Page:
Thursday, February 03, 2011

Photographing The New South Africa

There's an article on The New Stateman called "Photographing the new South Africa," which touches on Johannesburg, and specifically, my part of town.

It's interesting, in that it tells a whole lot of suburban history I didn't know about. It also mentions my suburb directly, though not accurately or in a complimentary manner. But what I found very interesting is that the visual representation was of old, decrepit buildings. That is not a representation of my suburb or even of the new South Africa.

It's irritating when a journalist picks portions of a story that fits his story agenda and leaves out some of the facts that could balance them out. I'm not saying those buildings don't exist, but they are certainly not all there is to the area he's depicting! Actually, they don't even make up 20% of the area. Gah!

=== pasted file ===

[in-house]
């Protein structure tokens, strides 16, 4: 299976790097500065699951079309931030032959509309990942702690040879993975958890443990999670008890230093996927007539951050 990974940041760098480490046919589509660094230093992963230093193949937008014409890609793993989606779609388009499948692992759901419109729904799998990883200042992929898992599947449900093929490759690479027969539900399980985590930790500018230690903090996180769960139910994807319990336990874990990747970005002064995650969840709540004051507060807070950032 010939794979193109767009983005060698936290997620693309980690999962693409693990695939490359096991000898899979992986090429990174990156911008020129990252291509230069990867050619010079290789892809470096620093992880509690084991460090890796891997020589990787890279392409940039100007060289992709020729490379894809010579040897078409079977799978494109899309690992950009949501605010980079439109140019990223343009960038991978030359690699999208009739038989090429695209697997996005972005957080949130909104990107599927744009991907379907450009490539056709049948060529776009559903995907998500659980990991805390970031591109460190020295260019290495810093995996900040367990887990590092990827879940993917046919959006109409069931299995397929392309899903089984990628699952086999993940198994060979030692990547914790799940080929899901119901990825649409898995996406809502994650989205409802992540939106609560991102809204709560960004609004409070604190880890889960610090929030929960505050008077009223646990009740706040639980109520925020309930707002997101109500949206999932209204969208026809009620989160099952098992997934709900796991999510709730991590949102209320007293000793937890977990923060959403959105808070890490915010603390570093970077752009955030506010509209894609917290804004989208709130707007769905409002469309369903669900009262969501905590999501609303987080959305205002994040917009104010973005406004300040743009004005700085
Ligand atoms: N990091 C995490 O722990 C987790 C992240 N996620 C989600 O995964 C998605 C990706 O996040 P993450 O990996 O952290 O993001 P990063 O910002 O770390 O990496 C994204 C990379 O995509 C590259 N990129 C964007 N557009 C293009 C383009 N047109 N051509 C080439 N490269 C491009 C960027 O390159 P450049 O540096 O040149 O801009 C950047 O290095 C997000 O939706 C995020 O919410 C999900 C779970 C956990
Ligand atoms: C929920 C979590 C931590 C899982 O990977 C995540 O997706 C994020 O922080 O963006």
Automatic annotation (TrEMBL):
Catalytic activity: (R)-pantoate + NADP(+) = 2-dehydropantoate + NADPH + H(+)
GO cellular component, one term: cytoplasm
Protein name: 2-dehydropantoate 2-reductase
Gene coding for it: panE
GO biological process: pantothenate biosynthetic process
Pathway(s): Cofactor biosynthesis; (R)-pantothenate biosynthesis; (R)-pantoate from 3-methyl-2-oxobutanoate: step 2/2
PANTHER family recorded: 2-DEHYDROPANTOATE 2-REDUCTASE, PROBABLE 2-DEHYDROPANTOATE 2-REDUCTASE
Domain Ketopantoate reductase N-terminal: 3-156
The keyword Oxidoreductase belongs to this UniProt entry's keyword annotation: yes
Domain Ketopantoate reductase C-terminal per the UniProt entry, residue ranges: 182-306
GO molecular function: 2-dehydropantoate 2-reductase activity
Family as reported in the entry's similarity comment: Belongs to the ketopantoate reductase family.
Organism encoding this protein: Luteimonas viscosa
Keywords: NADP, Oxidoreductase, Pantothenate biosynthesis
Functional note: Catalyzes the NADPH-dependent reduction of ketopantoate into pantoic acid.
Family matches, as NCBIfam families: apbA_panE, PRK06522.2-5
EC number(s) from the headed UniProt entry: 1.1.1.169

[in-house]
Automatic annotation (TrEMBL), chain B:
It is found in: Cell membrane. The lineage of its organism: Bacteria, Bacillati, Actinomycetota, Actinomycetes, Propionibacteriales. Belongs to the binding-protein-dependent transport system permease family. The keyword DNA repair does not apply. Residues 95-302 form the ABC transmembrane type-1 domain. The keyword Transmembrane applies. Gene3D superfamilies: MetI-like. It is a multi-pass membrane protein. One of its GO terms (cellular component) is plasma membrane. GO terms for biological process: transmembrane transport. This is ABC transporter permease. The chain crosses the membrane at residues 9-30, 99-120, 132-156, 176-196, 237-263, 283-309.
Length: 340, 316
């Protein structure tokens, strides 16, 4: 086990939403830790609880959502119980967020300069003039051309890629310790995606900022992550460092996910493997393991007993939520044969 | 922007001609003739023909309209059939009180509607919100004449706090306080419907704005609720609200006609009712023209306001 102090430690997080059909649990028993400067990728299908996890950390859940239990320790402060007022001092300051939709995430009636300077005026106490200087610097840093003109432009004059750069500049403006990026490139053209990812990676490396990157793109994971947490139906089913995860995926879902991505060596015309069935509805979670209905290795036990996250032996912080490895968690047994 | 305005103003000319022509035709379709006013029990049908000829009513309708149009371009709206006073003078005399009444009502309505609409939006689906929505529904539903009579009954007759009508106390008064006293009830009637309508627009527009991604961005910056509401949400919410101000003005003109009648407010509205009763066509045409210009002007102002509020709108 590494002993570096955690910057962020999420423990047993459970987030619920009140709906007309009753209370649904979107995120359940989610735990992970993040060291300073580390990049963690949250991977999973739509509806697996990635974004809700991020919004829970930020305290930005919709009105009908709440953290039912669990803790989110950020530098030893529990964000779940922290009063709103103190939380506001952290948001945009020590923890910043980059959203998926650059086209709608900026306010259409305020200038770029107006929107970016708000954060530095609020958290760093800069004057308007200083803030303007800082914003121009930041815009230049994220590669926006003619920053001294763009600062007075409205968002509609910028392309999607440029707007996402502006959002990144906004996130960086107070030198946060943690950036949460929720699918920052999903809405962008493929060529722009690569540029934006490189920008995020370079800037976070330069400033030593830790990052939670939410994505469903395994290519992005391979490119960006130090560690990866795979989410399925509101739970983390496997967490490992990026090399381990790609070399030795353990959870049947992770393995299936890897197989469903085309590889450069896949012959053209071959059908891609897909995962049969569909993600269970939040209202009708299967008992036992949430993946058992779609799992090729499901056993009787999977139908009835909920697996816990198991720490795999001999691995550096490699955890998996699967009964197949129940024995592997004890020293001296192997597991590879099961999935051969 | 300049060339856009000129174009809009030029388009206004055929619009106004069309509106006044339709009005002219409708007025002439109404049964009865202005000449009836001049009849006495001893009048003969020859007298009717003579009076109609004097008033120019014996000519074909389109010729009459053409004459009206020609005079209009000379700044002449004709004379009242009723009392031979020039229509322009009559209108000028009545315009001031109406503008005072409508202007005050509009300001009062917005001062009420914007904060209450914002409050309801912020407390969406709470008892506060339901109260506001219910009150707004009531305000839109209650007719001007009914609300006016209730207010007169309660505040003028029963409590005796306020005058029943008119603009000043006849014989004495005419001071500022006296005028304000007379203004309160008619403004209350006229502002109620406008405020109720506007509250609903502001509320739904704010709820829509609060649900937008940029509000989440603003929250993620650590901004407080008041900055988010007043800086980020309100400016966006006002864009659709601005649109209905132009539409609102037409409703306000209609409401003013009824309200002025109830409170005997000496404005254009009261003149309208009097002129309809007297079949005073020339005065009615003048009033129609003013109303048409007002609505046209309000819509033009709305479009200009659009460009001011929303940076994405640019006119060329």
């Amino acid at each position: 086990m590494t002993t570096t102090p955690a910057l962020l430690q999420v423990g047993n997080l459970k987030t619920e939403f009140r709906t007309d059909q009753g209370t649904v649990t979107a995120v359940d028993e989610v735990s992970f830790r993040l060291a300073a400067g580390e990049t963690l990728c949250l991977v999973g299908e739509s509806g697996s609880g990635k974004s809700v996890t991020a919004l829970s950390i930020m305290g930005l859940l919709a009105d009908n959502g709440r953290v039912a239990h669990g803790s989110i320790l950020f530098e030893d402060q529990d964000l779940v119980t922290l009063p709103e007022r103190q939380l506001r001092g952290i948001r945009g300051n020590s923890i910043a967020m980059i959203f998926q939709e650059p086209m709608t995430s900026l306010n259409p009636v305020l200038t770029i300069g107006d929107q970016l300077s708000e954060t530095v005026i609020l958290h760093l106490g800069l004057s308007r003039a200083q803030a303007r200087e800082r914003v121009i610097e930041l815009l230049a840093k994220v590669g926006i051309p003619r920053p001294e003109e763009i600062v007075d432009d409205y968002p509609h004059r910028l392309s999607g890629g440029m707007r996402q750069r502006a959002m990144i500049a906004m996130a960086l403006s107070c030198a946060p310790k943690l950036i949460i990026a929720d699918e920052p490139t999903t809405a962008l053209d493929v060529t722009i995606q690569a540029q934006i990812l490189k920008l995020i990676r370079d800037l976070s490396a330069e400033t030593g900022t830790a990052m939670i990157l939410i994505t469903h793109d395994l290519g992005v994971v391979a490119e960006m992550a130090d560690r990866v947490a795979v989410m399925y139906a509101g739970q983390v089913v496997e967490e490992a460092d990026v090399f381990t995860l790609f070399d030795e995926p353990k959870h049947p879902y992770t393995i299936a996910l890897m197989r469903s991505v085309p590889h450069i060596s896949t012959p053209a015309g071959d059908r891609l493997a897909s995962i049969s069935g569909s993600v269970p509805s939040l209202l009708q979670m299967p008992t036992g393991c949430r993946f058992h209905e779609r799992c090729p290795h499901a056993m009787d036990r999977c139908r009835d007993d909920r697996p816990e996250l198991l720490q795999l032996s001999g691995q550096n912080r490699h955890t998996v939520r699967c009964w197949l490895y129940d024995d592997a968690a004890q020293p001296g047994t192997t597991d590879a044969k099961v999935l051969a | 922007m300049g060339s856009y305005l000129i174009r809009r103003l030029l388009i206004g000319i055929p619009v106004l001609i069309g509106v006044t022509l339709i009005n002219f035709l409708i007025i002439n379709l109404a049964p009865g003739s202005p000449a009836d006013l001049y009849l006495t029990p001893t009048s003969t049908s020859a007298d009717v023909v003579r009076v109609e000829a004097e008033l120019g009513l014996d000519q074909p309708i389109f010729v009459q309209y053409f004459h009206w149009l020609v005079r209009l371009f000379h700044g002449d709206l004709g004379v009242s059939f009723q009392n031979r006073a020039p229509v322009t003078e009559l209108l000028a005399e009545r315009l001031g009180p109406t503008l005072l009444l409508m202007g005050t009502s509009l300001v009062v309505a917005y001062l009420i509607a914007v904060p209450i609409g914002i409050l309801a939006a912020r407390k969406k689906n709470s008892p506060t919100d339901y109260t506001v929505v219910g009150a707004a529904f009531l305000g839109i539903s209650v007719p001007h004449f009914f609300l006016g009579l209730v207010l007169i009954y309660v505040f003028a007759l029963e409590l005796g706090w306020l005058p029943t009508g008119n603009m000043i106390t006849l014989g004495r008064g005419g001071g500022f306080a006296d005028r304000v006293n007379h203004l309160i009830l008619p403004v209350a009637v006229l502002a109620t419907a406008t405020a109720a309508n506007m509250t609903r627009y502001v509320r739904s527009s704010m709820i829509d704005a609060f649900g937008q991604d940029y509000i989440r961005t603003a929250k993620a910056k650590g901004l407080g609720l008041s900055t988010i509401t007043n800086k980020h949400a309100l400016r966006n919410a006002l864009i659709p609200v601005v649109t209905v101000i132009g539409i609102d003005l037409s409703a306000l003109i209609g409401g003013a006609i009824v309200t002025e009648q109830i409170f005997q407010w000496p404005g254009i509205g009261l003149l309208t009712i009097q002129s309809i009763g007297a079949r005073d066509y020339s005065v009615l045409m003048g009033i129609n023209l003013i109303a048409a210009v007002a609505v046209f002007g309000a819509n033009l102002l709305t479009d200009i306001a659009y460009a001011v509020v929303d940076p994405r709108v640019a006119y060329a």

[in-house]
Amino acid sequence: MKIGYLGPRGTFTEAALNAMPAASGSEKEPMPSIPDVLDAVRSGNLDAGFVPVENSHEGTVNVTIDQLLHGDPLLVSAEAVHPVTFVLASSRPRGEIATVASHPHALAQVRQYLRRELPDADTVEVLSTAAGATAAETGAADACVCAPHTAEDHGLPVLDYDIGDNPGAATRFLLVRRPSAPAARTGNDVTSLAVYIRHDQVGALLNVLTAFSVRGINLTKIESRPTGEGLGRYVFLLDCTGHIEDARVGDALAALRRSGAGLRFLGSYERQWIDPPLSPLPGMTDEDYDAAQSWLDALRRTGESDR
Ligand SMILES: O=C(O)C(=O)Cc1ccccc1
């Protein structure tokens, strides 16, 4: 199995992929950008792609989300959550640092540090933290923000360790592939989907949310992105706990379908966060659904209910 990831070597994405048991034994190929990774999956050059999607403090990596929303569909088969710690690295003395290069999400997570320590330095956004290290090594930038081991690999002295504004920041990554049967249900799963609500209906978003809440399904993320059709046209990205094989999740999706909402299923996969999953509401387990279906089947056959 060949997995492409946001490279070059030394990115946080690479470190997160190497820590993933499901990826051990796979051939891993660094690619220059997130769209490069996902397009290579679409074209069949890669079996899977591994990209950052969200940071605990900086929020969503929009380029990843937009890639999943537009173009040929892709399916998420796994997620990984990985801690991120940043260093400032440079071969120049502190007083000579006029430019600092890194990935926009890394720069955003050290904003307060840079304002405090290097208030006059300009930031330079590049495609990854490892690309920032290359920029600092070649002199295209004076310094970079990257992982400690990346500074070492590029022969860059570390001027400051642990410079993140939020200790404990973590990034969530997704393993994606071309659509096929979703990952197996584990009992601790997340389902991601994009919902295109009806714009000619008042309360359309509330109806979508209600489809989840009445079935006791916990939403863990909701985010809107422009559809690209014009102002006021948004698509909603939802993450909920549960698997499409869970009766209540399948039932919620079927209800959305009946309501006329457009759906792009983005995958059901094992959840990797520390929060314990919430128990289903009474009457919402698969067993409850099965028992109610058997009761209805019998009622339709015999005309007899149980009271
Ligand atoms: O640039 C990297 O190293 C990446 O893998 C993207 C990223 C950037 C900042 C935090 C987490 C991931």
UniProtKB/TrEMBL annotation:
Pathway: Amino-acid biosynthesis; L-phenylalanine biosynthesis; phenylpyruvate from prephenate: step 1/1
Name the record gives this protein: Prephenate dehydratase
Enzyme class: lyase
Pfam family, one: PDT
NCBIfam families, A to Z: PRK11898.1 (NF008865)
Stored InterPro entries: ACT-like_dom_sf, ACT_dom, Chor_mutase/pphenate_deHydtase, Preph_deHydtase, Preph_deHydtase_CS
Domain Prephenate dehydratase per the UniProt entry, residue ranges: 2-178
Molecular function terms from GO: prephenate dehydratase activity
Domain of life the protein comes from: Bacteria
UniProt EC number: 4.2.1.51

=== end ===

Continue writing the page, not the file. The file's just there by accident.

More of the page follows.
Read the piece yourself and tell me what you think.


Judy Croome | @judy_croome said...

This comes down to journalists (print or photo) needing to be really responsible in what they write, because it's too easy to manipulate the facts into a one-sided view to get the reaction one wants. I think it's been a problem for as long as newspapers have been in existence! That's why I hardly ever read newspapers, and when I do, I question everything I read.
Judy (South Africa)

Janet Riehl said...

Damaria (and Judy),
Yes, I agree with you both. The New Statesman definitely didn't get it right. I've visited Damaria and strolled with her in her neighborhood. She told me how her neighborhood is a village with people looking out for each other.
The phenomena of selective journalism makes me mad, too. Especially when I see reports of African news in the United States. Where is the line of exageration?
Janet Riehl

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